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3 Tips For Choosing A Payment Gateway: Collecting Money Online

As a consumer, when you check out of your local convenience store, you may swipe your credit card through a point-of-sale device and your gas, coffee, and donut are paid. But what if you are the retailer and your business is online? It’s not like you have a card-swiping device at every customer’s PC! There must be a way for you to process that information. Essentially, that is the job that a payment gateway does for online retailers. Roy Banks, president of http://Authorize.net, a leader in the payment gateway industry, describes his company’s function as “the digital version of a hardware point of sale terminal.”

What is a Payment Gateway?

Payment gateways allow online merchants such as eStore owners or auction sellers to accept credit card payments over the internet. They authorize the cardholder’s credit—that is, they check to ensure that the customer has enough money on their credit card to cover the charges. They then place a hold on that amount so the buyer can’t turn around and spend that same money elsewhere before it gets transferred to the retailer’s merchant account. Banks describes this as “the technology…necessary to consummate a payment transaction.”

A Payment Gateway is NOT a Merchant Account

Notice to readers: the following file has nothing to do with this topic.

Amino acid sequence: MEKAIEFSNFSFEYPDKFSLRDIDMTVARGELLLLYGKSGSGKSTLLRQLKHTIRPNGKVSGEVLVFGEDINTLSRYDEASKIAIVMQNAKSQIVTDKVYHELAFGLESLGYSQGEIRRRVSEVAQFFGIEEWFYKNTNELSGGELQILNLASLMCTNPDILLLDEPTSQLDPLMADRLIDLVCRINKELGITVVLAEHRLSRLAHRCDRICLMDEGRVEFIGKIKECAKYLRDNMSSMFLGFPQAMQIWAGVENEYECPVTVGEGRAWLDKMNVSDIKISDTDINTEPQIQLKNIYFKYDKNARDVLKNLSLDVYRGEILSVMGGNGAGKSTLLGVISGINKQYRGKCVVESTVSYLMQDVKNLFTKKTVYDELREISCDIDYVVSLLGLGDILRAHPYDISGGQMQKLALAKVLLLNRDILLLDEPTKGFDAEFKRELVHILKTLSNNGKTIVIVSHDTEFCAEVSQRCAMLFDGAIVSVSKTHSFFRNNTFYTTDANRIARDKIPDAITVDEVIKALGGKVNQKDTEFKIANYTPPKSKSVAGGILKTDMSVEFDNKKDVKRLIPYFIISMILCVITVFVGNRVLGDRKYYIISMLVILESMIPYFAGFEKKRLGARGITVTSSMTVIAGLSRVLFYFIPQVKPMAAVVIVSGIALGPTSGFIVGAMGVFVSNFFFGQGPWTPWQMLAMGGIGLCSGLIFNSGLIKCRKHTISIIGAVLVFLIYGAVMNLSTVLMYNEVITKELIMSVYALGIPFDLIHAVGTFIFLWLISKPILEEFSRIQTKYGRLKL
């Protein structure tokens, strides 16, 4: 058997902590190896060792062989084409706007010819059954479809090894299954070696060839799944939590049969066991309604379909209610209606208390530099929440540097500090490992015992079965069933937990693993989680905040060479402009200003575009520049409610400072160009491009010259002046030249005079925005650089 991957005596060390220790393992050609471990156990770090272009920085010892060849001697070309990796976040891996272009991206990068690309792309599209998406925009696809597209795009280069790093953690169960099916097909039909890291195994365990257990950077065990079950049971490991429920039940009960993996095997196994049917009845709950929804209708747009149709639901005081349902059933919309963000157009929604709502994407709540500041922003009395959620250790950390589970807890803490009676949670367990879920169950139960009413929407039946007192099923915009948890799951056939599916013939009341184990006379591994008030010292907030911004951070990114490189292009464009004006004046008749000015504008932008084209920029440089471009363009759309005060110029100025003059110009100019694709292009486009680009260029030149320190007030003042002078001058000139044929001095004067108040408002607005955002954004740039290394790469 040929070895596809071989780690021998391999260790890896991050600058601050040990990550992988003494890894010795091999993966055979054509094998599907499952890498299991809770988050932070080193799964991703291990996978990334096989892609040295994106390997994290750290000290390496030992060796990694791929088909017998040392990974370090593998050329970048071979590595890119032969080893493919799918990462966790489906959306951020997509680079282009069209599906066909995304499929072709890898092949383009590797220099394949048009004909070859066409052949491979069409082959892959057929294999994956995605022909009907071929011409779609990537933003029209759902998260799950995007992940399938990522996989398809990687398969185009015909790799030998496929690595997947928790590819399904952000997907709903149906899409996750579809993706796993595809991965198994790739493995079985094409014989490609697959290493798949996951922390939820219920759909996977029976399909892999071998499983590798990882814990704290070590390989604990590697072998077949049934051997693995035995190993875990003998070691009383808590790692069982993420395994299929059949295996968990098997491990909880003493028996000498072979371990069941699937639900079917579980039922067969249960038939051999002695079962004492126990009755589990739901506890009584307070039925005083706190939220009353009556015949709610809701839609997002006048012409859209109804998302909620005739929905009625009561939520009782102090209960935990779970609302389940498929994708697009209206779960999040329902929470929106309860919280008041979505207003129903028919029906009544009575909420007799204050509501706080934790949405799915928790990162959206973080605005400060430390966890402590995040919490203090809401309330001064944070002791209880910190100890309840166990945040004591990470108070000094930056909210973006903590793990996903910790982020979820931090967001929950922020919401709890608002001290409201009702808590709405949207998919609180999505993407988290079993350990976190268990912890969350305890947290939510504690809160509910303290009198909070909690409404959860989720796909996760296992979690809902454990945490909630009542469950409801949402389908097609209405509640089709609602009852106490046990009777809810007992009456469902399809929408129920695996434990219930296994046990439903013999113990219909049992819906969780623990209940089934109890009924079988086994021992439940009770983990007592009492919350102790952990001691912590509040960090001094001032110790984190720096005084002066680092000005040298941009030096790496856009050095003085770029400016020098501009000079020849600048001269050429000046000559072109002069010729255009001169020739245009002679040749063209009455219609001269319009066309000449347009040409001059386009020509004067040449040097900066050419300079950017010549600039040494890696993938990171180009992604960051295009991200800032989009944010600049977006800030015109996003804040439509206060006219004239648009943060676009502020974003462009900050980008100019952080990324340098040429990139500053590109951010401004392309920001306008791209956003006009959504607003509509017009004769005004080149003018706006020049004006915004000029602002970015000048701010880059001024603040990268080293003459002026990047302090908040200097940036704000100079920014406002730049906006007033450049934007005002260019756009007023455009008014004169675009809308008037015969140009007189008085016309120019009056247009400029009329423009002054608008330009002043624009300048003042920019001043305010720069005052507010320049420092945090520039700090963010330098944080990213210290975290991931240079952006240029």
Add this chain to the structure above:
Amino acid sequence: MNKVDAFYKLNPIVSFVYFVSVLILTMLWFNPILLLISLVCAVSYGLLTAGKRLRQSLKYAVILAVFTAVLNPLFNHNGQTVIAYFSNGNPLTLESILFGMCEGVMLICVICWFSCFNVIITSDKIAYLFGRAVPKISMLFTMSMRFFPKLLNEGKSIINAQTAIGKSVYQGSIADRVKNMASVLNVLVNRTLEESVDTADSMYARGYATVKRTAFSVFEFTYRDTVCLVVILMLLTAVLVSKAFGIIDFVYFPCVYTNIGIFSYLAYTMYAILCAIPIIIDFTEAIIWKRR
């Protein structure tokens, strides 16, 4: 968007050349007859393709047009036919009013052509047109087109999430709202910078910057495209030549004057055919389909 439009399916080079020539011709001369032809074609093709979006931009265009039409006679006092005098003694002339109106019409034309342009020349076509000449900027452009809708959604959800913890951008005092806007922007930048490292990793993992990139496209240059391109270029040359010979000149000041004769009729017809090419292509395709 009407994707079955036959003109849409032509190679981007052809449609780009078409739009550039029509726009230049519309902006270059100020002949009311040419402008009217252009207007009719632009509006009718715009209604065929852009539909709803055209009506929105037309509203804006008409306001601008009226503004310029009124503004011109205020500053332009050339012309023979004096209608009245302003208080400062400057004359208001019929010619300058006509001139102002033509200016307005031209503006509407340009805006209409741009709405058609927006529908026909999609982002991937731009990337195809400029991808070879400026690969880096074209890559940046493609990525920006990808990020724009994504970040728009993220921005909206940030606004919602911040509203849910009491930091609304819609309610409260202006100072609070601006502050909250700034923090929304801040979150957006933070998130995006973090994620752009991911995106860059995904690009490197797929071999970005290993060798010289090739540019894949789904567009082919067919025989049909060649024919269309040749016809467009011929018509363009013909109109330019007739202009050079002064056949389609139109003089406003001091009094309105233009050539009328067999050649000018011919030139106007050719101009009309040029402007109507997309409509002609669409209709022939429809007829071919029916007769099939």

Many people confuse merchant accounts with payment gateways but they are not the same. Merchant account services act, for the most part, as a liaison between your business bank account and the payment gateway. When a customer orders a product from your online business their card is processed via the payment gateway. The money is then moved over to the merchant account service. The merchant account service then moves those newly captured funds to your business bank account.

3 Tips for choosing a Payment Gateway:

1.  Is it PCI-compliant?

That means that the company’s security has been audited by a third party and found to be up to industry standards. Since payment gateways store all your customers’ credit card information (sparing you the stress), it also means you can sleep better at night, knowing your customers’ valuable information is safe and sound.